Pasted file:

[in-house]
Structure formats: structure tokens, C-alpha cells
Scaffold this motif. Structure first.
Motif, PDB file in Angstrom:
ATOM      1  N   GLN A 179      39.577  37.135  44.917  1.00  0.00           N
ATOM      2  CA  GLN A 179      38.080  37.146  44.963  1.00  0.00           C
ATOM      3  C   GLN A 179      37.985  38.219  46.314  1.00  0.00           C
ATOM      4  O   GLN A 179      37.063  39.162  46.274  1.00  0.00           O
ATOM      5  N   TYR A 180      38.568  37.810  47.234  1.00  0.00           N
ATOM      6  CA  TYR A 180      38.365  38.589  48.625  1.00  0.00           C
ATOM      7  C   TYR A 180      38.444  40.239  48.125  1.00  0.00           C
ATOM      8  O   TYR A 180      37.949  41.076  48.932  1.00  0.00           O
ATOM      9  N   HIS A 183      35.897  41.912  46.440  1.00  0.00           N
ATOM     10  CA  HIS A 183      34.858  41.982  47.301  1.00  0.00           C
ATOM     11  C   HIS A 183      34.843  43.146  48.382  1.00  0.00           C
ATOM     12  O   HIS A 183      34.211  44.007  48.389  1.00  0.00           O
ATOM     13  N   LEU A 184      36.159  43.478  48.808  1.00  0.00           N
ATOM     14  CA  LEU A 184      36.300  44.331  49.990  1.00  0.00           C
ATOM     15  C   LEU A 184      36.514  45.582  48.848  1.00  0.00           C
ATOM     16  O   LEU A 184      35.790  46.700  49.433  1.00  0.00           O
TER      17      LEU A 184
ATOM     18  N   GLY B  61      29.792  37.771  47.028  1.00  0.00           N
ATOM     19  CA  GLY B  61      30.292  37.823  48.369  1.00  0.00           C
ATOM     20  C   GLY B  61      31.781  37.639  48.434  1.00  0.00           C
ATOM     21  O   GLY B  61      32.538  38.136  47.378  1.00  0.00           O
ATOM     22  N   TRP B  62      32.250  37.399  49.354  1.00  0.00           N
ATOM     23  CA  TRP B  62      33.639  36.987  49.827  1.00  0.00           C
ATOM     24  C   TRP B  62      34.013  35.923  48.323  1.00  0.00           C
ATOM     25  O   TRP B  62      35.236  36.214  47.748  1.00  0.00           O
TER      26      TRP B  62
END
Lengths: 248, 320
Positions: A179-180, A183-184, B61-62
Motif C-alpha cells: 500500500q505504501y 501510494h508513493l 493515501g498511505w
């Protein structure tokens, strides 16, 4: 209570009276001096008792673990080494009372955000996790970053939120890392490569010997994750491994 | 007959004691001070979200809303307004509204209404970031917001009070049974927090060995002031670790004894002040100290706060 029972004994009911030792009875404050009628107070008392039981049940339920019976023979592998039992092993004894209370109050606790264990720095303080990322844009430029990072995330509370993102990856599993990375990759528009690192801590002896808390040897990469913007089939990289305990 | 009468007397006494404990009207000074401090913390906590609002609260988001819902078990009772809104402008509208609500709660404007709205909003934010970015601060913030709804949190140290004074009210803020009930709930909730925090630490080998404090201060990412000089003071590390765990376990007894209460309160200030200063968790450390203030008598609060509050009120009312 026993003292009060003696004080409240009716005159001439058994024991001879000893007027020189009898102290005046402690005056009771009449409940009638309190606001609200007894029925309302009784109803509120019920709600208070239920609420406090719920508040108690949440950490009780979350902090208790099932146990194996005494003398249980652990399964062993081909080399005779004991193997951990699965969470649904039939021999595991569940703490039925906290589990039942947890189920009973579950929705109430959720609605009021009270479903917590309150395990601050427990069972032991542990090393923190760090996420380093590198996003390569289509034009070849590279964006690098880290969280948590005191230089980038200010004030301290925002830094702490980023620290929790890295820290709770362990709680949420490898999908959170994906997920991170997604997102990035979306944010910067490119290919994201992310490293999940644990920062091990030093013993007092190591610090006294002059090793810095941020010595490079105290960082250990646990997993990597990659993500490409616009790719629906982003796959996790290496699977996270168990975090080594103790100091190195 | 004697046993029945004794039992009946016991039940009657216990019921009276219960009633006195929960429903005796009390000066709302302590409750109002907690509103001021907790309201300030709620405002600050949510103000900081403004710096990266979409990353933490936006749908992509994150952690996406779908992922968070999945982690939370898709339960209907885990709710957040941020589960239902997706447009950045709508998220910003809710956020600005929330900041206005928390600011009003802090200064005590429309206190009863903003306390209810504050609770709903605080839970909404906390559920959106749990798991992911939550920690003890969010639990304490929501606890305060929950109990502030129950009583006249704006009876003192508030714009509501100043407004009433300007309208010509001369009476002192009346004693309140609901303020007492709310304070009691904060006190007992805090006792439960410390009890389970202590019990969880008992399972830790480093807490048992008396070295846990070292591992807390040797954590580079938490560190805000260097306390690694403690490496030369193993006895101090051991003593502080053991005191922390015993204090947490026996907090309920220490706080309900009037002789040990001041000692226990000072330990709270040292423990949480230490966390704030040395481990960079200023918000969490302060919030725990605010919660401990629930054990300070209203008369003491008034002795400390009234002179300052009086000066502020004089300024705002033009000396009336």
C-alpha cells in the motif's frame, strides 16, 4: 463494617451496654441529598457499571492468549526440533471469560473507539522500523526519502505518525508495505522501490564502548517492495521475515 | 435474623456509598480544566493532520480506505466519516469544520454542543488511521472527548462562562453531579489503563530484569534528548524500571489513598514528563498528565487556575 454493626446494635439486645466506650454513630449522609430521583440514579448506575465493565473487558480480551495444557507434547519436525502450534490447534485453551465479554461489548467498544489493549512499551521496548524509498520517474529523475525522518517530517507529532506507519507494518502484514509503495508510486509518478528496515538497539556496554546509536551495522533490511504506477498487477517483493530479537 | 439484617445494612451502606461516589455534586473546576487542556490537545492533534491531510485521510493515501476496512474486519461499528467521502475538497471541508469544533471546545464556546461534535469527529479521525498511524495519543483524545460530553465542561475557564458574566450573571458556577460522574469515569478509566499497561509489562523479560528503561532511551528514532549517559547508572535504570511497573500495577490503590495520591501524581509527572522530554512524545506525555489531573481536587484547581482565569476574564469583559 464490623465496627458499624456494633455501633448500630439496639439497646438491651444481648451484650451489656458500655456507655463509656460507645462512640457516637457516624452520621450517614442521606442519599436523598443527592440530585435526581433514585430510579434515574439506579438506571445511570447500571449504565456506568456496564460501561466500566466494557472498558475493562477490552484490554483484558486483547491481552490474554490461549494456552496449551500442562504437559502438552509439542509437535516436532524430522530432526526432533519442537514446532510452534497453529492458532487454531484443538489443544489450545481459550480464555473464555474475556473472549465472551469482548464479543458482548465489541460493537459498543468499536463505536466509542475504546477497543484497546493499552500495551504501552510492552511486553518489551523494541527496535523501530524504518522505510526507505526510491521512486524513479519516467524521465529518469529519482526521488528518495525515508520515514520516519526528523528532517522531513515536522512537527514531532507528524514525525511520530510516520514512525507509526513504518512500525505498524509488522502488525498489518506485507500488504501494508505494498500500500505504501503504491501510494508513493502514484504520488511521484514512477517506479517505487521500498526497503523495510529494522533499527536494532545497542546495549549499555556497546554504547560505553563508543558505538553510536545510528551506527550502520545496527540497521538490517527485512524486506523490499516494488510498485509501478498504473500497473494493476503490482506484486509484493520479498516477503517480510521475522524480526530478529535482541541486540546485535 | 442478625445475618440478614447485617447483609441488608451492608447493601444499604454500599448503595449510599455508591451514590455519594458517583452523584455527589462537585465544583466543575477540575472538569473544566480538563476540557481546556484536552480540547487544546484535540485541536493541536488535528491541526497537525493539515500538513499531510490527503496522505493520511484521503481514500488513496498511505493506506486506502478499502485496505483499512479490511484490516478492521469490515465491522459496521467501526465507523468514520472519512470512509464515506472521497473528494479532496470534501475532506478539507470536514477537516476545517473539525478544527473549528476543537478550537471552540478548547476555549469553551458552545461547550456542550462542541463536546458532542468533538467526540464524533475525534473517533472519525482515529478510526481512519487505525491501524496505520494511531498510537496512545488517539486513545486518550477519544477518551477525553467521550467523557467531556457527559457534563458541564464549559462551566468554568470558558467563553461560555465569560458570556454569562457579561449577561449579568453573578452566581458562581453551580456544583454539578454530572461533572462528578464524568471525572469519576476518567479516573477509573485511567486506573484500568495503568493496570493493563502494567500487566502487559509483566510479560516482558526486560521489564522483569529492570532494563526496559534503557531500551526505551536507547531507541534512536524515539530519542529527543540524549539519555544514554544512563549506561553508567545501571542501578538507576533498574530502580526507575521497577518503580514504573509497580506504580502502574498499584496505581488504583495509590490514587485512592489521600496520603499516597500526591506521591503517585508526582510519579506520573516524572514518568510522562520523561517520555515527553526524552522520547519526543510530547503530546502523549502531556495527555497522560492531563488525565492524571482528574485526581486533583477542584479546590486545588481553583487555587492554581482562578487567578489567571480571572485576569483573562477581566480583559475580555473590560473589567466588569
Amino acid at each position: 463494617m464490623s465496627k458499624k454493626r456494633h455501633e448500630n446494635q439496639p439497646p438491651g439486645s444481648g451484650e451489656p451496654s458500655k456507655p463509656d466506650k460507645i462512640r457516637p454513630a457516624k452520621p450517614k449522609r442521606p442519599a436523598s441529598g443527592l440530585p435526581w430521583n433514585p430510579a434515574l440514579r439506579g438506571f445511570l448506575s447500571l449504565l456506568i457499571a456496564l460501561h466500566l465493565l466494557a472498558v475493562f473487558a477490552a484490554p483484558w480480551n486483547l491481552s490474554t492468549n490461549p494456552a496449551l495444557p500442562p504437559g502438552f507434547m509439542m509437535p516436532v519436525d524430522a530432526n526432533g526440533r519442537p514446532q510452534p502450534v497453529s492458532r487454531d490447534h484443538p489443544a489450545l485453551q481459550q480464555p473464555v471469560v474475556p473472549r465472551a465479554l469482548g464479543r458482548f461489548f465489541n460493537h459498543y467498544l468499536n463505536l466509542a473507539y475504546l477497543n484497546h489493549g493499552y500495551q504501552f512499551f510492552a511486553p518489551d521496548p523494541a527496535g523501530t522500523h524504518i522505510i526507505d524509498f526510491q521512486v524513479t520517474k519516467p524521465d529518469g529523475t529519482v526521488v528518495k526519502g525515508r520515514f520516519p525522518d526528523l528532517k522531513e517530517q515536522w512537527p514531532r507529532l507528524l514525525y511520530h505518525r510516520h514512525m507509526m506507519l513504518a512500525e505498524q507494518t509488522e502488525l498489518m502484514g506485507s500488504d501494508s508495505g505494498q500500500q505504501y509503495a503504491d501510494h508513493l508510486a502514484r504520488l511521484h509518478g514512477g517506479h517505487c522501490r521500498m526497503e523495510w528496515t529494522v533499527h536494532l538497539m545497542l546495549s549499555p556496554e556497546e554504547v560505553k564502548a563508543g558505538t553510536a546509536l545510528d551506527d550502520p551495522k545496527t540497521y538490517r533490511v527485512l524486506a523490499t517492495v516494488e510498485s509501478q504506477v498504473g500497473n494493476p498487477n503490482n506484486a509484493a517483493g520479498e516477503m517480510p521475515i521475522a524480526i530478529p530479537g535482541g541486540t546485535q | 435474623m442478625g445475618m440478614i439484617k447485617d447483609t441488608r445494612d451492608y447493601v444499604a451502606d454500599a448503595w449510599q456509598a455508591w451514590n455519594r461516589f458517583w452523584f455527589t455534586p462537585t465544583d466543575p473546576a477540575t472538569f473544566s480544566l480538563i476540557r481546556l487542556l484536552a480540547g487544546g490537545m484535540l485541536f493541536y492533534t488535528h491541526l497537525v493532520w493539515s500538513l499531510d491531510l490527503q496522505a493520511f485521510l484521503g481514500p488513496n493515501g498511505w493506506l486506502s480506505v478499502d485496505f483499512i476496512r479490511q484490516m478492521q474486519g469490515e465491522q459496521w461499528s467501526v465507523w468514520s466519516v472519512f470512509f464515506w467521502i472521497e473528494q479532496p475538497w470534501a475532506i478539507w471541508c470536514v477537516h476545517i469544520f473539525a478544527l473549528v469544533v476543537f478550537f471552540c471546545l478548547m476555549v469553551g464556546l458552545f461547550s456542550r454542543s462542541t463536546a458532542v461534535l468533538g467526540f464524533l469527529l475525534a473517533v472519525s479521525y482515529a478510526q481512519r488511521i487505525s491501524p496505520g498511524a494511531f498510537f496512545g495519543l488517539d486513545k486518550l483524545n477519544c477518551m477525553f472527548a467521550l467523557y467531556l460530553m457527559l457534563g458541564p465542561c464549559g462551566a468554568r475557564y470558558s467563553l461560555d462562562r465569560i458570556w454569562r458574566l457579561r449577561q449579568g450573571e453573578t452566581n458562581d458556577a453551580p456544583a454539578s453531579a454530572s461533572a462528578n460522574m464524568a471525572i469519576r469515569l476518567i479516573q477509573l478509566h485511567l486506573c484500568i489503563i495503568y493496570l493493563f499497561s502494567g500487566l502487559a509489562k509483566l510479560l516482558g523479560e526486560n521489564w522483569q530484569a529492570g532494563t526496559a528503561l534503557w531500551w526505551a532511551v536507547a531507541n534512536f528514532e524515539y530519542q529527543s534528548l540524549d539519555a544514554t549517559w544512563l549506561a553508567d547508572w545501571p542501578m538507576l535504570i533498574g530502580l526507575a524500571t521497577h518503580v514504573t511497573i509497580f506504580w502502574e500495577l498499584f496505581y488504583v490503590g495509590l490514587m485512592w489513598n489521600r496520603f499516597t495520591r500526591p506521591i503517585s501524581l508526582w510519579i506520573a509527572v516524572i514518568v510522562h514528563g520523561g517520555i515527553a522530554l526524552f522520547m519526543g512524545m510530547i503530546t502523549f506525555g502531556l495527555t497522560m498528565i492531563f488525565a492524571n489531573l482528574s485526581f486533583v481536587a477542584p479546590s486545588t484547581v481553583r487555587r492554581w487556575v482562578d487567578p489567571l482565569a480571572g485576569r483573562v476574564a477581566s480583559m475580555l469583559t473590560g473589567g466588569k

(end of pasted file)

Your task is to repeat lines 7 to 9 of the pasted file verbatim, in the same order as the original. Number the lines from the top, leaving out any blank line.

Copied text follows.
ATOM      3  C   GLN A 179      37.985  38.219  46.314  1.00  0.00           C
ATOM      4  O   GLN A 179      37.063  39.162  46.274  1.00  0.00           O
ATOM      5  N   TYR A 180      38.568  37.810  47.234  1.00  0.00           N